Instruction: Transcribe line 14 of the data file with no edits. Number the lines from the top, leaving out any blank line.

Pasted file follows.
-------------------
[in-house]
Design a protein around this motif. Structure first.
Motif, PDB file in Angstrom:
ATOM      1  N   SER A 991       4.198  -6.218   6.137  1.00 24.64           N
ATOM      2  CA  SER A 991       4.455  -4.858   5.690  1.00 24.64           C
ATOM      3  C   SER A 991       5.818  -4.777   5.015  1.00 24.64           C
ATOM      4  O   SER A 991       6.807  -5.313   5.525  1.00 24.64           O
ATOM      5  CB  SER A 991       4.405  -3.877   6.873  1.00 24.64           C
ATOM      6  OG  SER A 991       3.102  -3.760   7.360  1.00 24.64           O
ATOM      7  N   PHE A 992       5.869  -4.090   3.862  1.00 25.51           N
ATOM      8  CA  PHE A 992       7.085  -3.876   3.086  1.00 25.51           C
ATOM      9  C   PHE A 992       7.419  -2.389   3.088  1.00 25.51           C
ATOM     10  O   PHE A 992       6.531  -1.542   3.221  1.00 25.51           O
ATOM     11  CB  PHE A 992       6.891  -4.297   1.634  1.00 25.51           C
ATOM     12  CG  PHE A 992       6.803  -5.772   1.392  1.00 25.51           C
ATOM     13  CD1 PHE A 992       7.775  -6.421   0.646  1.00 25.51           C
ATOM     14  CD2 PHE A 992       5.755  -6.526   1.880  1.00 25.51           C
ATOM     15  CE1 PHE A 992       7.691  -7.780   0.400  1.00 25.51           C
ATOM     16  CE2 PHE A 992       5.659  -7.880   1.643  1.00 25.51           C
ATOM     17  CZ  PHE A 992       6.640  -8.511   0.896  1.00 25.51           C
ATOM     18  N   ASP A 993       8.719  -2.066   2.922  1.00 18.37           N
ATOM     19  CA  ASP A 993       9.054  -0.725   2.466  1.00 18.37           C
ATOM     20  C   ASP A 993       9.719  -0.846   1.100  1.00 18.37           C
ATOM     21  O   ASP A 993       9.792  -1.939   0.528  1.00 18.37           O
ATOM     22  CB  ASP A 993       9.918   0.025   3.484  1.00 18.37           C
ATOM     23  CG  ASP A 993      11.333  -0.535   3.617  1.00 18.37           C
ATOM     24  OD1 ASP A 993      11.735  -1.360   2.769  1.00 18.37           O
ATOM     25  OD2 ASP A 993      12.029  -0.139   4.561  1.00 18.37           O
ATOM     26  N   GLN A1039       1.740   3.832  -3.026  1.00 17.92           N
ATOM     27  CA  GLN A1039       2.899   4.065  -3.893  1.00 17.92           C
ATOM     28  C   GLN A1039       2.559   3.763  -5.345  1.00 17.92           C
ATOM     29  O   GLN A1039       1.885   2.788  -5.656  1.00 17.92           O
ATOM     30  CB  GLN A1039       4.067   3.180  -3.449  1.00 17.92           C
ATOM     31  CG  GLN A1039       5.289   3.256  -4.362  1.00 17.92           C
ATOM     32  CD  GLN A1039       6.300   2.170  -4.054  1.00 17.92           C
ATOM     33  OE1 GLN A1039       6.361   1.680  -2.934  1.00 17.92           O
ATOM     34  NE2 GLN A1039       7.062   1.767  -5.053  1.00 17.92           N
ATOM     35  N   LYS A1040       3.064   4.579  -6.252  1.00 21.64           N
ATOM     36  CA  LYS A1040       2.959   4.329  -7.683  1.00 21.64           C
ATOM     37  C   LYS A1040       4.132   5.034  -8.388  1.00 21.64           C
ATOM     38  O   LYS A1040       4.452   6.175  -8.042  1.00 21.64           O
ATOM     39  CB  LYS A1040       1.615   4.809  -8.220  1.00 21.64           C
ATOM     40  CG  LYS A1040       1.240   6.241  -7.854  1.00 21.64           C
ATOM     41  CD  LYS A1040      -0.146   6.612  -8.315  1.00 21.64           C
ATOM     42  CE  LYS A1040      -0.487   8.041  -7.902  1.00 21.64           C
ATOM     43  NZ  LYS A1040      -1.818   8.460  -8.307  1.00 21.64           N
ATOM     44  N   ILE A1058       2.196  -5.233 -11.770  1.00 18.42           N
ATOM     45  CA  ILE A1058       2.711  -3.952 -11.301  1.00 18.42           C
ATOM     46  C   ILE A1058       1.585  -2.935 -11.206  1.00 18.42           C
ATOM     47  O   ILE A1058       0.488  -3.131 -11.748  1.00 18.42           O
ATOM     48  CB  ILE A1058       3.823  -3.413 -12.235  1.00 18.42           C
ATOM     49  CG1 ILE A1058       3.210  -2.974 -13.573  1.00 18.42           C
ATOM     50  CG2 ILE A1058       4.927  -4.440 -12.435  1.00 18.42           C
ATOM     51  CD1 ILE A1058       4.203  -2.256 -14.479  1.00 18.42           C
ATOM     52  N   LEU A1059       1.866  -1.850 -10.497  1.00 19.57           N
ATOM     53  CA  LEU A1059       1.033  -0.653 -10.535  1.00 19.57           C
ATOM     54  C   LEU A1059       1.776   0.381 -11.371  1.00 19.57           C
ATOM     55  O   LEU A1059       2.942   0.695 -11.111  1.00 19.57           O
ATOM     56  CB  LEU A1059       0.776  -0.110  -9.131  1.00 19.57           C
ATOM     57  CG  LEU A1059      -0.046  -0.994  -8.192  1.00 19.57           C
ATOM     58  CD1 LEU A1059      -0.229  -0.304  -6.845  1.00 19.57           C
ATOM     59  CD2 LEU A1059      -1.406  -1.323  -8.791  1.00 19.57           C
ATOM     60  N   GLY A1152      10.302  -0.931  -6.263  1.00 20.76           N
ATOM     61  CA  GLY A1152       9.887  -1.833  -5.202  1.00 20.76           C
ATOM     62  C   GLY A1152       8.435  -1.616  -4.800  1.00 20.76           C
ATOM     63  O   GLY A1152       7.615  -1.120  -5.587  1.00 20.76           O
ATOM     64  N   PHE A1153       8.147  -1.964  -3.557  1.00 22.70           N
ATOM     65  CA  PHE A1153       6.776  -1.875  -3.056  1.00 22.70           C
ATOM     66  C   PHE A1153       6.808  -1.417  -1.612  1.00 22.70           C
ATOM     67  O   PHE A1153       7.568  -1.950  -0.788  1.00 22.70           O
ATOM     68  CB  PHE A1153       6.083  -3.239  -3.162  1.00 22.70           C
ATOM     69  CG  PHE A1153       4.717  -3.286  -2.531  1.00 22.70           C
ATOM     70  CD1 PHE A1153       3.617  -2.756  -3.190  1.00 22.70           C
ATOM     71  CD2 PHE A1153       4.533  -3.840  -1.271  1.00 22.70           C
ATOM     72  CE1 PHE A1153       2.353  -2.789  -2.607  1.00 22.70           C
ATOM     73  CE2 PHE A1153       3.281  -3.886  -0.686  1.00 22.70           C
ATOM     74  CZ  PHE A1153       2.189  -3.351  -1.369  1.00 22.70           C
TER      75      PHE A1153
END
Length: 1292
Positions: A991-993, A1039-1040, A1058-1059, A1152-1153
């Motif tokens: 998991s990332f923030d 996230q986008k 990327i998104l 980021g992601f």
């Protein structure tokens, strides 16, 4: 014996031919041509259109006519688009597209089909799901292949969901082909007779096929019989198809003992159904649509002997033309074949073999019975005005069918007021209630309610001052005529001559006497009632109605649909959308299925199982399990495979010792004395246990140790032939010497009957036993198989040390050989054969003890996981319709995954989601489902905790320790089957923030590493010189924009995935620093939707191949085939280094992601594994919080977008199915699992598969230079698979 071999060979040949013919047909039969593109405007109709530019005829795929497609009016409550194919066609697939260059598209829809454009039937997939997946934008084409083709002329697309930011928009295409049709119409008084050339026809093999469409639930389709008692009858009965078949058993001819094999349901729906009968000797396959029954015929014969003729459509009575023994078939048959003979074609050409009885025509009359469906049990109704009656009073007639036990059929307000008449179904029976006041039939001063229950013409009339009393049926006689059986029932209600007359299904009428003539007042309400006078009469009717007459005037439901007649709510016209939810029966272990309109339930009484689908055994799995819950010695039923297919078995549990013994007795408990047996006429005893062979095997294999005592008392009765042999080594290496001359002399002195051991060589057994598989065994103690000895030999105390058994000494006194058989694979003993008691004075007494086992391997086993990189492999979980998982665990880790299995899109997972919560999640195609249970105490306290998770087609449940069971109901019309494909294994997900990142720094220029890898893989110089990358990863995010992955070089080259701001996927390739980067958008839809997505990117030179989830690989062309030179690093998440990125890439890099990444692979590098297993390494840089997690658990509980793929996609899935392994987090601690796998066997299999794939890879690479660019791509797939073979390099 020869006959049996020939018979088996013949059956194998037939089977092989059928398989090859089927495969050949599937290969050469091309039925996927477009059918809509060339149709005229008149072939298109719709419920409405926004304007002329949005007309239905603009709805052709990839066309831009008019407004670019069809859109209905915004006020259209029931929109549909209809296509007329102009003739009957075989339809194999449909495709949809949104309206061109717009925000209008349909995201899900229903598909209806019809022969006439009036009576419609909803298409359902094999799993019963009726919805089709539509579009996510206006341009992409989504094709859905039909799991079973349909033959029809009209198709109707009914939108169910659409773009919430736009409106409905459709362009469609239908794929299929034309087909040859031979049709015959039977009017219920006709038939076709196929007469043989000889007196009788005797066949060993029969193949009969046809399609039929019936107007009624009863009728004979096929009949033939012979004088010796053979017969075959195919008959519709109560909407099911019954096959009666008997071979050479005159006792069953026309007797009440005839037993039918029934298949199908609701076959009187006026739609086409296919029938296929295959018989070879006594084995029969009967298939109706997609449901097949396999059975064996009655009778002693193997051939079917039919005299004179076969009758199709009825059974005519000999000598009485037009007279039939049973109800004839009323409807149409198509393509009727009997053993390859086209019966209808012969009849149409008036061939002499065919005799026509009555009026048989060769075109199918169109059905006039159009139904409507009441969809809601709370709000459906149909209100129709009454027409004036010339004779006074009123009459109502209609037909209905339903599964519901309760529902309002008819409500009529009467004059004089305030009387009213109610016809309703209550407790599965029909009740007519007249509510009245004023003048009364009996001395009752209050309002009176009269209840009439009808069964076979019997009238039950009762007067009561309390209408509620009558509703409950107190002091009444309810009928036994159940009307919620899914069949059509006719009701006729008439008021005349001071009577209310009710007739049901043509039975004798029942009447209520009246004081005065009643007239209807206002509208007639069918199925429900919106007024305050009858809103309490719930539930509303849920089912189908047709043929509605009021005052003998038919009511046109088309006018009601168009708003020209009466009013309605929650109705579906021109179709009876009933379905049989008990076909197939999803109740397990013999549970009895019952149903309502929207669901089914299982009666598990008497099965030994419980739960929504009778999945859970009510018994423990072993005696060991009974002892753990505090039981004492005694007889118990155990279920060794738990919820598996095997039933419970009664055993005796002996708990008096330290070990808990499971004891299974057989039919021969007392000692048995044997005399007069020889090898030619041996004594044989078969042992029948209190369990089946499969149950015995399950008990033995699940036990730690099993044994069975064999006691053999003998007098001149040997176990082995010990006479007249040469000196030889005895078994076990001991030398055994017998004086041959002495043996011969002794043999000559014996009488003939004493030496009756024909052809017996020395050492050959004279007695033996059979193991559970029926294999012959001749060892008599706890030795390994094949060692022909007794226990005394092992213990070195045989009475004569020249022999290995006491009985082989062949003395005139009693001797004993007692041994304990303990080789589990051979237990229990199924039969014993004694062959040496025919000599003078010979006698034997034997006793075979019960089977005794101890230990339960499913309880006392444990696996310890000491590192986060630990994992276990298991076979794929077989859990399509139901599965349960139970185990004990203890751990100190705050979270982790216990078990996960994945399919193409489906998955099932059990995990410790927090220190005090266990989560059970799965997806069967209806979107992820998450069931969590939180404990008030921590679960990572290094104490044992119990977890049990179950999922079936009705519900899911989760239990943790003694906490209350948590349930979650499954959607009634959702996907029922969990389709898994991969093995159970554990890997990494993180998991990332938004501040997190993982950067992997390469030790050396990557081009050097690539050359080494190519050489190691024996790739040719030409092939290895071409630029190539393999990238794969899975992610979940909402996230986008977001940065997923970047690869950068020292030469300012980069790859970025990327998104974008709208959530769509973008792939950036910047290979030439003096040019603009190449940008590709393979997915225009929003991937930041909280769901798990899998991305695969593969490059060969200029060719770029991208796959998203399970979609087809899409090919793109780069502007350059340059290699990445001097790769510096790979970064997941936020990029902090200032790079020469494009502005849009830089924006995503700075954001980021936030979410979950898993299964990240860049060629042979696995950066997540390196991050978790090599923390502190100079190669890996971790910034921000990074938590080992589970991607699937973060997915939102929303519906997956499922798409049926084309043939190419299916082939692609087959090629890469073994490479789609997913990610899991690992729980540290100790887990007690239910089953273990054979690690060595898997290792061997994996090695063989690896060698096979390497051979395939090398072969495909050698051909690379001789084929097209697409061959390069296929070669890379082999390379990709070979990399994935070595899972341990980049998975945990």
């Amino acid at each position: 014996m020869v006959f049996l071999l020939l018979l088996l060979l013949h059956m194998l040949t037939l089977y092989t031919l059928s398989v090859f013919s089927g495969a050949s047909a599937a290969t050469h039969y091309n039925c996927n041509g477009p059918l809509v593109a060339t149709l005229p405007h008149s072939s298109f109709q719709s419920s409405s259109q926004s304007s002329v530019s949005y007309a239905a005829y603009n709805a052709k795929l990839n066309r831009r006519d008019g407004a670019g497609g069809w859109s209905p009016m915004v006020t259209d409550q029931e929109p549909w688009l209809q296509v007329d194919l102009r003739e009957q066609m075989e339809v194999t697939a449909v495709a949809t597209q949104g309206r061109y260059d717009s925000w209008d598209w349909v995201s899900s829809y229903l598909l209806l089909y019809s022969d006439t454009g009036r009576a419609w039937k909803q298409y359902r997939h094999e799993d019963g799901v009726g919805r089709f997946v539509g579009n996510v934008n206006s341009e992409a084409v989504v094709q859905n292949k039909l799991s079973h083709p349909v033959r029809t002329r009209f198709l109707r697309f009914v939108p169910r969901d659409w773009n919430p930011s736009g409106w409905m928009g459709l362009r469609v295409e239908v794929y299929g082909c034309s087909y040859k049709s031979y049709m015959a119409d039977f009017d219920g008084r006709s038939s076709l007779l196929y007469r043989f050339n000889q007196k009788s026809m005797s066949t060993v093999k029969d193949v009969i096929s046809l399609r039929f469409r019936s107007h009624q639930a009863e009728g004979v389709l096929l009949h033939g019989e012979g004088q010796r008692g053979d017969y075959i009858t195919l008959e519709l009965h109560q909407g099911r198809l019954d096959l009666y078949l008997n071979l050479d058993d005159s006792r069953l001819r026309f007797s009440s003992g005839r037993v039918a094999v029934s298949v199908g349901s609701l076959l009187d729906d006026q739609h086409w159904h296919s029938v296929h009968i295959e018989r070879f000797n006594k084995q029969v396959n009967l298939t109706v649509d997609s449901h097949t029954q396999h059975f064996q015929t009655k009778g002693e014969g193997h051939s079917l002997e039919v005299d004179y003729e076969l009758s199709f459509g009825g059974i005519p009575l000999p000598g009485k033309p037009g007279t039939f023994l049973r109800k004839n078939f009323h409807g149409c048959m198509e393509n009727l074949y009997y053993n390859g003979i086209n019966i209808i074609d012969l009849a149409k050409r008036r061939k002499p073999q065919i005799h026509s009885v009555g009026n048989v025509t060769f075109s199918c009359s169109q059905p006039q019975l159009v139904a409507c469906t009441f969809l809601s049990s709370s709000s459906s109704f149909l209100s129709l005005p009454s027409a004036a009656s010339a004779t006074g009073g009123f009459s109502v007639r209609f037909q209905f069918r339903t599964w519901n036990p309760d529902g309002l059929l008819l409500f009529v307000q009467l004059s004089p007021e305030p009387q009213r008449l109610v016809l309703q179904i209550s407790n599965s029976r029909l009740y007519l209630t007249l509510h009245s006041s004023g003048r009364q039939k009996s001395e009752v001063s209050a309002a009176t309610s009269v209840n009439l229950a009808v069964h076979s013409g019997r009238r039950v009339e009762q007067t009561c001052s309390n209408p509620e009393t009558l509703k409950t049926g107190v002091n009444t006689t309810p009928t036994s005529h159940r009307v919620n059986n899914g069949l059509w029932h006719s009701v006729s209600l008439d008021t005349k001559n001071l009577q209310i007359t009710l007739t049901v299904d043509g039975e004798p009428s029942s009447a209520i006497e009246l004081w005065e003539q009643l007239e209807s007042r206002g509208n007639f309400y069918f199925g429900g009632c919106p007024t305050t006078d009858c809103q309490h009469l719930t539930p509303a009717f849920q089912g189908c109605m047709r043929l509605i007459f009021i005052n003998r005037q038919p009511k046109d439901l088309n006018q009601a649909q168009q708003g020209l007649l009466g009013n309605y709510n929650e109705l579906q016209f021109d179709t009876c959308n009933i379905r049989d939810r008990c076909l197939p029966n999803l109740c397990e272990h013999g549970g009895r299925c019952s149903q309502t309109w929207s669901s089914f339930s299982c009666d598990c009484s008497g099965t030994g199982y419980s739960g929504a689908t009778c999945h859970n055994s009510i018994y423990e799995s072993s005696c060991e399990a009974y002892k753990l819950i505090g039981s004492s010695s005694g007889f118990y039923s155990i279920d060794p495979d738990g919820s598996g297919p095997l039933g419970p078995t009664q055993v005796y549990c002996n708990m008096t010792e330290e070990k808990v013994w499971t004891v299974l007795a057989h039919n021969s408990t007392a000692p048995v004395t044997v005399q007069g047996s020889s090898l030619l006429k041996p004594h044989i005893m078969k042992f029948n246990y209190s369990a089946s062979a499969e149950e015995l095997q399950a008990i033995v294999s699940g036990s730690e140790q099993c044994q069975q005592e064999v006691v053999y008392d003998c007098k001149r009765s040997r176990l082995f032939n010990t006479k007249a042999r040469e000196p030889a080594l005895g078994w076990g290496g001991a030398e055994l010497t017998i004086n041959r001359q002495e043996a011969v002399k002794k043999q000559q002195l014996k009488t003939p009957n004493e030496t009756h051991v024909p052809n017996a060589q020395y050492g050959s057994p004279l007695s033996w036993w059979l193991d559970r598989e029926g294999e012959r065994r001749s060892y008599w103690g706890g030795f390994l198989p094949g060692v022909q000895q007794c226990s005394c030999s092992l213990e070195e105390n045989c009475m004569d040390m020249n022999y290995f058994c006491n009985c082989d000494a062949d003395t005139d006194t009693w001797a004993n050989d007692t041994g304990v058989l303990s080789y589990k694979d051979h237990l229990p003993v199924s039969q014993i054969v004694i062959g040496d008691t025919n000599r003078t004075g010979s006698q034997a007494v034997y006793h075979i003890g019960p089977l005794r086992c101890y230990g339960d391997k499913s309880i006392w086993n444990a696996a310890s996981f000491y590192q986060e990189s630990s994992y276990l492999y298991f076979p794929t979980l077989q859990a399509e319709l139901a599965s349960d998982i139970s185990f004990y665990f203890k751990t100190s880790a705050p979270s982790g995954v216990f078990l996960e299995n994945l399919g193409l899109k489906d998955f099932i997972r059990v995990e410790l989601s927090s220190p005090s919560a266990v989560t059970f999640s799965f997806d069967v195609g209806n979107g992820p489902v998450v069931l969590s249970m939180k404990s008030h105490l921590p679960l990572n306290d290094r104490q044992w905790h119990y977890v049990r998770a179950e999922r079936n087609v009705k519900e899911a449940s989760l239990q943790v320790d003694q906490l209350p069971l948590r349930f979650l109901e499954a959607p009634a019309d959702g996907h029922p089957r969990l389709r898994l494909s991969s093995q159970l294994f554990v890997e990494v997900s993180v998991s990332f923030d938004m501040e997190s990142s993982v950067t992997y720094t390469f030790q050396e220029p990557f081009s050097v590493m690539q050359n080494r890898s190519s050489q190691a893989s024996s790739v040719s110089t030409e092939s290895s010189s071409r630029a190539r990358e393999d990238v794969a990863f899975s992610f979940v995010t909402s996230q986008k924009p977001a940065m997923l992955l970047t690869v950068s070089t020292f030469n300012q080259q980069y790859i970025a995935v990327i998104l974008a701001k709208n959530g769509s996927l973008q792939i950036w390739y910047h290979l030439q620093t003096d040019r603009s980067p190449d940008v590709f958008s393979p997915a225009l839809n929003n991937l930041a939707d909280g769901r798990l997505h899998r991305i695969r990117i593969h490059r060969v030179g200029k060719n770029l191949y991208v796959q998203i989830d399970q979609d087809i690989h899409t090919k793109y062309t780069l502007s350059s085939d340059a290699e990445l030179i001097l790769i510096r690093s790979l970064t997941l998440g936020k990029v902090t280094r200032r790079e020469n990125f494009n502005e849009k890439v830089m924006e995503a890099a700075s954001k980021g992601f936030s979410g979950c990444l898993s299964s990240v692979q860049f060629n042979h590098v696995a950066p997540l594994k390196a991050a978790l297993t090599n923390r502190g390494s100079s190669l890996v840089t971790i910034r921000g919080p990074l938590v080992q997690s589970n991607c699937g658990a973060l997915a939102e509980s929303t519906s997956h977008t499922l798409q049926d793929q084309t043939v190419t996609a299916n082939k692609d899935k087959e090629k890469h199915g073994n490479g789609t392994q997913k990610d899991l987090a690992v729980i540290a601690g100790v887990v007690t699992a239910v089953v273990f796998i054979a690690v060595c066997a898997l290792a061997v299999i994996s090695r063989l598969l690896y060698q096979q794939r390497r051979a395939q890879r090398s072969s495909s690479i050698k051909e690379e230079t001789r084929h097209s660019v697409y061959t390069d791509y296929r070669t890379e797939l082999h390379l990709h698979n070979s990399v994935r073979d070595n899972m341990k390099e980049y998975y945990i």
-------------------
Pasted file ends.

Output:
ATOM     11  CB  PHE A 992       6.891  -4.297   1.634  1.00 25.51           C